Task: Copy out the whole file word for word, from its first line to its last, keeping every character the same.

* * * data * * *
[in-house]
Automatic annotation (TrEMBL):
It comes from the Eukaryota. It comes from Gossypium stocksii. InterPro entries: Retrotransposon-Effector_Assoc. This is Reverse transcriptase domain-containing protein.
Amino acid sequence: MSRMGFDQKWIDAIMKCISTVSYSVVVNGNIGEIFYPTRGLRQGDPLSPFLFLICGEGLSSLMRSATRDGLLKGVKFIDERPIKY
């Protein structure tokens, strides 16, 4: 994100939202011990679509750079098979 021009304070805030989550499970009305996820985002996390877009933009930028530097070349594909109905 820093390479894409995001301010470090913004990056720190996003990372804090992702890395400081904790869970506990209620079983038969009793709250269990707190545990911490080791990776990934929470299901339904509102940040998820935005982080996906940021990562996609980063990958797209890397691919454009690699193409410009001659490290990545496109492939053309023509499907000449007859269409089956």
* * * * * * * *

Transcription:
[in-house]
Automatic annotation (TrEMBL):
It comes from the Eukaryota. It comes from Gossypium stocksii. InterPro entries: Retrotransposon-Effector_Assoc. This is Reverse transcriptase domain-containing protein.
Amino acid sequence: MSRMGFDQKWIDAIMKCISTVSYSVVVNGNIGEIFYPTRGLRQGDPLSPFLFLICGEGLSSLMRSATRDGLLKGVKFIDERPIKY
């Protein structure tokens, strides 16, 4: 994100939202011990679509750079098979 021009304070805030989550499970009305996820985002996390877009933009930028530097070349594909109905 820093390479894409995001301010470090913004990056720190996003990372804090992702890395400081904790869970506990209620079983038969009793709250269990707190545990911490080791990776990934929470299901339904509102940040998820935005982080996906940021990562996609980063990958797209890397691919454009690699193409410009001659490290990545496109492939053309023509499907000449007859269409089956």